The officials said an evolution of safety changes through the years kept Newman from being more seriously injured when his car made impacts with the outside retaining wall and Corey LaJoie’s No. 32 Ford. In the debut of the Gen-6 car for 2013, NASCAR added more roll bars, a laminate windshield and new window net mounting structure. Two years later, seat-belt improvements were introduced, and for 2016, an enhanced vehicle chassis made its debut at superspeedways before a full deployment the following year. “When you really look at the two vehicles, how they interacted, the severity and the orientation of it all put together, those couple things really stood out as highlights to the outcome that we had,” Patalak said.
Patalak and Probst indicated that the May 1 changes were also intended to reduce the frequency of tandem drafting, though they admitted that engineers and crew chiefs would likely try to offset the effects to gain a competitive advantage. “I’ve done this long enough to know that I will not make any bold, blanket statements that would challenge them to prove me wrong,” Patalak said. “I think with the reduction in power, the aero ducts going away, that will make sort of a smaller hole, if you will, that should make it much more difficult to get into that configuration.”
The officials also said that the addition of slip tape to the rear bumper cover at superspeedways would reduce friction during bump-drafting, decreasing the chance of hooking or spinning the lead car when bumpers make contact. “We’re trying to make the rear bumper of the car being hit like ice,” Probst said, “where they slide across, don’t contact and start influencing the car in front laterally, left to right, if you will.”
In another change adapted in the wake of Newman’s crash, NASCAR mandated a check valve for the oil reservoir tank or overflow expansion tank to mitigate the amount of fluid lost if a vehicle overturns in a crash.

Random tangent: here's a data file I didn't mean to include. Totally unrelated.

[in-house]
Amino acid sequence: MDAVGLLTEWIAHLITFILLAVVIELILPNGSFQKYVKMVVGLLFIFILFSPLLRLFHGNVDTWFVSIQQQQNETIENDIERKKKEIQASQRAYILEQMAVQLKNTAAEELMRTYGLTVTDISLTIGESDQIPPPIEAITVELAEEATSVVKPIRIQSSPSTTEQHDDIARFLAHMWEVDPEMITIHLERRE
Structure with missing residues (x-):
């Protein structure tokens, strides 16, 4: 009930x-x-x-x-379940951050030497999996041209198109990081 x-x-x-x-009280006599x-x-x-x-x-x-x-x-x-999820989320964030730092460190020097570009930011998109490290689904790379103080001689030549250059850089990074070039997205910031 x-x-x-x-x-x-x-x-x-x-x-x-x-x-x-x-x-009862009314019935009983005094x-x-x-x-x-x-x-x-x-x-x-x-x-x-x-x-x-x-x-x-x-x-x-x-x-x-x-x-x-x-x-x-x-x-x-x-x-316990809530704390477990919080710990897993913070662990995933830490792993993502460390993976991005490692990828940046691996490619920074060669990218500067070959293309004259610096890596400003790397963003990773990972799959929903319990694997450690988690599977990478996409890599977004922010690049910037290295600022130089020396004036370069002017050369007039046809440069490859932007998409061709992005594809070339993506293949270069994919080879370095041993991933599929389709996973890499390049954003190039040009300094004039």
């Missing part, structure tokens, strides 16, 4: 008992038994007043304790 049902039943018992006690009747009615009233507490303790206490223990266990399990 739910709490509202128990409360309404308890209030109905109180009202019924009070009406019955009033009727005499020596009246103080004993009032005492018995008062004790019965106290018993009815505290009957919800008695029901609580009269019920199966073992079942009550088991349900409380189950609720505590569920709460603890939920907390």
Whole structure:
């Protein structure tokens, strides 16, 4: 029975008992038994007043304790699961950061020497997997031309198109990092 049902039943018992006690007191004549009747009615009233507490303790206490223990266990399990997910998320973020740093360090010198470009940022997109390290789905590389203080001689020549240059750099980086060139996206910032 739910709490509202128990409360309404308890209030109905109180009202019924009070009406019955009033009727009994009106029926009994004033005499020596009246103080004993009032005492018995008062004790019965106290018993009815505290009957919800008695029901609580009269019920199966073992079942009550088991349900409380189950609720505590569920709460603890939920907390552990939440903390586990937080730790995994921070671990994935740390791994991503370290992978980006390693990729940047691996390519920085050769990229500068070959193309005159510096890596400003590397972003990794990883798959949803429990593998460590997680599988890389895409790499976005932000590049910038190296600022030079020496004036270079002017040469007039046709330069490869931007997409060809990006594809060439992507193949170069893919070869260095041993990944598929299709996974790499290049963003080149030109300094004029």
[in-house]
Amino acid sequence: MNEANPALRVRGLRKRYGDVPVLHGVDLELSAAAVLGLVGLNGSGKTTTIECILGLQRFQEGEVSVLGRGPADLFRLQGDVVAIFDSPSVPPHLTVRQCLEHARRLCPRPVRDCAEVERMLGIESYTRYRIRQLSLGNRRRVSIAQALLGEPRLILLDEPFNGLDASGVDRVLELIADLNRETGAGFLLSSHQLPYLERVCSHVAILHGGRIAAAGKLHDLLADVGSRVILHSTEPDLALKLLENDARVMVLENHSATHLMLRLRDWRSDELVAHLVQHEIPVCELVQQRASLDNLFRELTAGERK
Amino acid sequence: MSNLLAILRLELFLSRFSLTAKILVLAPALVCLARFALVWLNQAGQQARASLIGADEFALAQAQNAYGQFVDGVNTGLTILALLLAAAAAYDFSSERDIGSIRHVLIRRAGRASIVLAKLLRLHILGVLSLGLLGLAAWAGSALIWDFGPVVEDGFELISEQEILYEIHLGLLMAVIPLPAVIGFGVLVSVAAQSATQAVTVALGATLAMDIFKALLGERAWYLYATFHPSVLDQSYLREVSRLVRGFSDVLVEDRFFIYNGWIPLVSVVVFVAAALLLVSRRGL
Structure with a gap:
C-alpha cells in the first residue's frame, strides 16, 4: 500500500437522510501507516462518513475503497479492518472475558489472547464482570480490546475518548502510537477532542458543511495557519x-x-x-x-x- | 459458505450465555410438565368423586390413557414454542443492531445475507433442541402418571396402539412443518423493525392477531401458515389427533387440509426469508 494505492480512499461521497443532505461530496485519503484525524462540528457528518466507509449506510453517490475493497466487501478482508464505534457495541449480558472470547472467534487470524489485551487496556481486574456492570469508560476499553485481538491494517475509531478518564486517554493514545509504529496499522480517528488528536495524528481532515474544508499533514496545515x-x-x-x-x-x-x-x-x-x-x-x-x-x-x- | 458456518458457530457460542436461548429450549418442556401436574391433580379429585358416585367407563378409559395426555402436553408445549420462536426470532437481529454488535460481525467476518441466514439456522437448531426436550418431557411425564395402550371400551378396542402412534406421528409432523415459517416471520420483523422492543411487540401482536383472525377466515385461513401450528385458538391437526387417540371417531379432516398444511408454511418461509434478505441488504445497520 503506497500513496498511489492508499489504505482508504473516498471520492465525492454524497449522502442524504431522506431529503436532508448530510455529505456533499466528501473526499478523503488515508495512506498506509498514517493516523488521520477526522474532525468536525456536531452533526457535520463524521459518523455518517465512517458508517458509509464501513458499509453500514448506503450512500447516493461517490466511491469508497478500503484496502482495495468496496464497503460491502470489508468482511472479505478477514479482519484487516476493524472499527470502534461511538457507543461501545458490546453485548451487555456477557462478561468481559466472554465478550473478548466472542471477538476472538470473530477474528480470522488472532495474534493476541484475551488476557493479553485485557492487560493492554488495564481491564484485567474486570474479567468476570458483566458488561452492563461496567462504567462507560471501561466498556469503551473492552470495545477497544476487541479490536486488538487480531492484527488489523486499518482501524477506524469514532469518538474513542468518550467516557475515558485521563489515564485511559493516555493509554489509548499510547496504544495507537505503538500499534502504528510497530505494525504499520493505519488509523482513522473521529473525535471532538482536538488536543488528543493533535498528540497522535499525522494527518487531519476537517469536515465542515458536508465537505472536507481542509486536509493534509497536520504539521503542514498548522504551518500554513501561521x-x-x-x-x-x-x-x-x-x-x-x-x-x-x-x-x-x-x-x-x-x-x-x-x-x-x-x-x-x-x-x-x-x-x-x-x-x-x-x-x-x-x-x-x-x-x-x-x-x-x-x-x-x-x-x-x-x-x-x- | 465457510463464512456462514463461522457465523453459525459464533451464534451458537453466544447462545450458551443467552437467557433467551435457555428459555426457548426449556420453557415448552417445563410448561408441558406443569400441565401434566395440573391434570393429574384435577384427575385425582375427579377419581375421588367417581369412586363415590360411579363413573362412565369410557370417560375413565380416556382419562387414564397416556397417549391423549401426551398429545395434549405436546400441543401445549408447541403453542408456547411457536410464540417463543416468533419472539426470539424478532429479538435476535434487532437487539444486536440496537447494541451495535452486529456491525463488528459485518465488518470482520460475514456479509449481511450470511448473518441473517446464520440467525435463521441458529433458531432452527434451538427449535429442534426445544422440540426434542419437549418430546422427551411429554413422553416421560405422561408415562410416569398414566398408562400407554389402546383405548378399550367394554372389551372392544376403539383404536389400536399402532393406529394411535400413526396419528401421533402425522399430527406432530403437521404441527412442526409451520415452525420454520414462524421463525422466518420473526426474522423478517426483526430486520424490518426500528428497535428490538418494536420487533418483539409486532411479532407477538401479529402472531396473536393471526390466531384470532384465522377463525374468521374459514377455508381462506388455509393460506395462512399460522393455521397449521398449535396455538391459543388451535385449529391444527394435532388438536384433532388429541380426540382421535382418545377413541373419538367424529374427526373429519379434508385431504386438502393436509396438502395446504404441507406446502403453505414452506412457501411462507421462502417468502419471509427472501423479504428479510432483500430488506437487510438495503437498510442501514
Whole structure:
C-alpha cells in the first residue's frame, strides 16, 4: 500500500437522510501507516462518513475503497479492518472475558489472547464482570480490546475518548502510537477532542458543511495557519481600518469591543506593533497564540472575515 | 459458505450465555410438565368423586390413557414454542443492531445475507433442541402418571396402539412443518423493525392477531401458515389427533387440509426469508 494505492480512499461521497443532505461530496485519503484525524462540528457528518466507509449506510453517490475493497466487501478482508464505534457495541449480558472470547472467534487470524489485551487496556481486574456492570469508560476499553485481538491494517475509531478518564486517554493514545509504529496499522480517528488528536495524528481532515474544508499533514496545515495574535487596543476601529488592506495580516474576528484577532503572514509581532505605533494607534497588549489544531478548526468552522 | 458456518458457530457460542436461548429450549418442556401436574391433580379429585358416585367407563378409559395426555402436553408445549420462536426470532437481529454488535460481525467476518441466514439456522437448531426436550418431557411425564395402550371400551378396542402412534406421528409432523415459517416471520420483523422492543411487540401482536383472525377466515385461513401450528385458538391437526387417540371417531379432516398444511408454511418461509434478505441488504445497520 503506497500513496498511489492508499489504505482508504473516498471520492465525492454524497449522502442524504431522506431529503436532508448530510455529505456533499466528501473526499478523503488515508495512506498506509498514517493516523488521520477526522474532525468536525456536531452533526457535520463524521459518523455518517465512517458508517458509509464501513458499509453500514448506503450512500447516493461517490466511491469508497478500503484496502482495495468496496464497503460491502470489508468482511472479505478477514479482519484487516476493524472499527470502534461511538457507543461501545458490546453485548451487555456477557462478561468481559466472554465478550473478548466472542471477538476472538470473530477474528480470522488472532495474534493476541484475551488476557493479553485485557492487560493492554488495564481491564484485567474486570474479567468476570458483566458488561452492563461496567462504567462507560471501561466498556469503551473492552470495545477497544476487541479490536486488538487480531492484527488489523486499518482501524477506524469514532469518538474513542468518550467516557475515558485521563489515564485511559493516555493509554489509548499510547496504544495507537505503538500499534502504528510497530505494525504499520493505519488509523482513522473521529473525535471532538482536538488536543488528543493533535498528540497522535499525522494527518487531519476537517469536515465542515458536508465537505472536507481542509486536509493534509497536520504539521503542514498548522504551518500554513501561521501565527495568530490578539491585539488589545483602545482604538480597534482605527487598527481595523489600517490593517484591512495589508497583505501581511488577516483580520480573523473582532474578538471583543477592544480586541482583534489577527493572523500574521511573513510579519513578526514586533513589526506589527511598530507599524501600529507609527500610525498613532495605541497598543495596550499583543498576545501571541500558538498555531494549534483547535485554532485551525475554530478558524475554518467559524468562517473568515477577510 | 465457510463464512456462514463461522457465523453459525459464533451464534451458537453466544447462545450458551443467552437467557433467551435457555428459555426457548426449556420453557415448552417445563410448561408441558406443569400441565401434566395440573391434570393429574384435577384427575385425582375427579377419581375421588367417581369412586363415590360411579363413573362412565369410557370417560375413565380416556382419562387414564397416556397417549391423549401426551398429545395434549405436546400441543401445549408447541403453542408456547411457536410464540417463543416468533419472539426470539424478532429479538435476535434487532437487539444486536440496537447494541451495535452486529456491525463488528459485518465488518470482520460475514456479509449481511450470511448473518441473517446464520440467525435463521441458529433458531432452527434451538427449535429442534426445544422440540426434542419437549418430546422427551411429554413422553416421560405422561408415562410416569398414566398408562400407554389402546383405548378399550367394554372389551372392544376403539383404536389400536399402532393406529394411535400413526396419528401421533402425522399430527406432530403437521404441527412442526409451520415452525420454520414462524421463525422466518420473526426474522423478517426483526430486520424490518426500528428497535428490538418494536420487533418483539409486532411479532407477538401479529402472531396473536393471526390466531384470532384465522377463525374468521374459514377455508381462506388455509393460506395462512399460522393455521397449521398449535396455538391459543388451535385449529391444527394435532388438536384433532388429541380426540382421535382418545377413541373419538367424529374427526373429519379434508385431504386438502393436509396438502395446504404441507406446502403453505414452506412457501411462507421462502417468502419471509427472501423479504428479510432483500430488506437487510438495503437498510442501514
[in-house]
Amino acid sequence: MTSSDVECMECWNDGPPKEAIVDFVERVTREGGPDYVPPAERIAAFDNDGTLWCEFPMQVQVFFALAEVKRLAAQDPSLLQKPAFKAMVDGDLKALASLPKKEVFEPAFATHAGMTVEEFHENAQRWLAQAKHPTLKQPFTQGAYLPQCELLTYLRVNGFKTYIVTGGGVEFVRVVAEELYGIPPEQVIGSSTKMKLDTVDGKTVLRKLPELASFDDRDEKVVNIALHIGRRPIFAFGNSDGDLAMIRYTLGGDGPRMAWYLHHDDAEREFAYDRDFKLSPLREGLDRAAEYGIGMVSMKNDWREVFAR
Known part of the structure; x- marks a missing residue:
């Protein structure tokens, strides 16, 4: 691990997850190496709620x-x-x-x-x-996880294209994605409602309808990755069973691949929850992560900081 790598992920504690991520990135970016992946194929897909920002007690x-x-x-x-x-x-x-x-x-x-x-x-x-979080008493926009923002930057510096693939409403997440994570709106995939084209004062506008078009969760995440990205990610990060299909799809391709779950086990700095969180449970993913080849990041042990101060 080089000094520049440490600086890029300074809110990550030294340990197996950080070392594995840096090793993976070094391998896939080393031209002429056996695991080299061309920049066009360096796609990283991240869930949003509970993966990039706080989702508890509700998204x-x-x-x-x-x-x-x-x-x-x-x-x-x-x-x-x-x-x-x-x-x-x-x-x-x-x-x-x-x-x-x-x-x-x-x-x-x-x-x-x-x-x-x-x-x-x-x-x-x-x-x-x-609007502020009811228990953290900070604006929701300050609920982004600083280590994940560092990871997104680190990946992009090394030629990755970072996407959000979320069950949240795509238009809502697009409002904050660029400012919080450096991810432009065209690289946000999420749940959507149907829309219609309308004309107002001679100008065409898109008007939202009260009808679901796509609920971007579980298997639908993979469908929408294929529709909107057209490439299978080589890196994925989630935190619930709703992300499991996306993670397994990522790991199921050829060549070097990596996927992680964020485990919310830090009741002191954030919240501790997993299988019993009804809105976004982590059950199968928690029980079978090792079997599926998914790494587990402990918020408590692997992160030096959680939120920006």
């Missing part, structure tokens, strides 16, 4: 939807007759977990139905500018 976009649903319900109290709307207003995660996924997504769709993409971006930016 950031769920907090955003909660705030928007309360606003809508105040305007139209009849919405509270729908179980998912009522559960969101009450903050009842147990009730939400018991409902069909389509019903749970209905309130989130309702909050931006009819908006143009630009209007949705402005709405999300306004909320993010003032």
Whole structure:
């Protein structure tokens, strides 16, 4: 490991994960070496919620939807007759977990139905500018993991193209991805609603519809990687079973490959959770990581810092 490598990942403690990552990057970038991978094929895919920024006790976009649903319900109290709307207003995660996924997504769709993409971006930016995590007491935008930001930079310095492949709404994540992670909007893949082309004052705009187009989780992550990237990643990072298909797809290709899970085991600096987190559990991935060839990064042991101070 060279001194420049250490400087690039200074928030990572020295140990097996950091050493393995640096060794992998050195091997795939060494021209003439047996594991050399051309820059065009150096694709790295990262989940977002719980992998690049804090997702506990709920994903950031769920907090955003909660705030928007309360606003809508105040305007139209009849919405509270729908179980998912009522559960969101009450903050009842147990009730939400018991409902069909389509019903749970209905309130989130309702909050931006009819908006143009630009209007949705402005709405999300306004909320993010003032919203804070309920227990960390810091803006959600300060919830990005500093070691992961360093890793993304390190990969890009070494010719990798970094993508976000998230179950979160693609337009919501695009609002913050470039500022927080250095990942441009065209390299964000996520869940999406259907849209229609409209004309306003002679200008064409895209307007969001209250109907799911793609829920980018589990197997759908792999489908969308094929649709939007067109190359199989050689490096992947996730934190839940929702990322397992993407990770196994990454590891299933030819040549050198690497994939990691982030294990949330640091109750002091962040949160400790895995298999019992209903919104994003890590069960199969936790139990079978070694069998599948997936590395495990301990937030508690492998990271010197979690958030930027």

Drivers’ first test run of the new superspeedway package will come in Sunday’s 500-miler, after NASCAR officials announced last weekend that the Cup Series will race without a scheduled practice session. The series has held eight races since returning to action after the COVID-19 outbreak, and none have included practice as officials try to limit travel time and exposure with coronavirus safety protocols still in place.
“That was something we had discussed with the teams, initially had protected for in our schedule,” Probst said. “Working through the changes with our teams, I would say that we’re at the point now with a lot of the simulation that while these changes, when we list them out, may seem like a lot for the teams, it boils down to a lot of power and drag type things. Having worked through it with them, we don’t feel right now we need to add any practice time to the Talladega schedule for this.”
Hamlin, a winner Sunday at Homestead-Miami Speedway, said he had little concern about the field being able to adapt quickly to the new rules configuration without a practice shakedown.
“I’ll know in the first couple laps how big the runs are, what kind of gap I need to have to the person behind me to give me the run forward,” said Hamlin, who prevailed in the Daytona 500 for the first of three wins so far this season. “I’ll know pretty quick what to do with the package. I think we have probably a pretty good idea of it anyway. … These drivers are so good, they’re going to figure it out pretty quick. I wouldn’t expect anything out of the ordinary.”
Ryan Blaney wound up second to Hamlin at Daytona and was involved in final-lap contact with Newman’s car. The Team Penske driver is also Talladega’s most recent winner, having edged out Newman in a fender-banging duel there in the final lap last October.
After Daytona’s chaotic finish kicked off the year, Blaney said that drivers discussed the proposed changes with competition officials in an effort to make the difference in closing rates less drastic.
“The runs were gigantic. We get hooked up, that made your runs even bigger,” Blaney said after finishing third Sunday. “I hope the runs aren’t as big. There’s a fine line. You need the draft to work to where you get runs on cars, but not monstrous drafts where it’s dangerous to kind of block them and things like that. Hopefully we can find a fair in-between.”
“I’m looking forward to it. I know NASCAR did their research on hopefully trying to figure out a good balance of that.”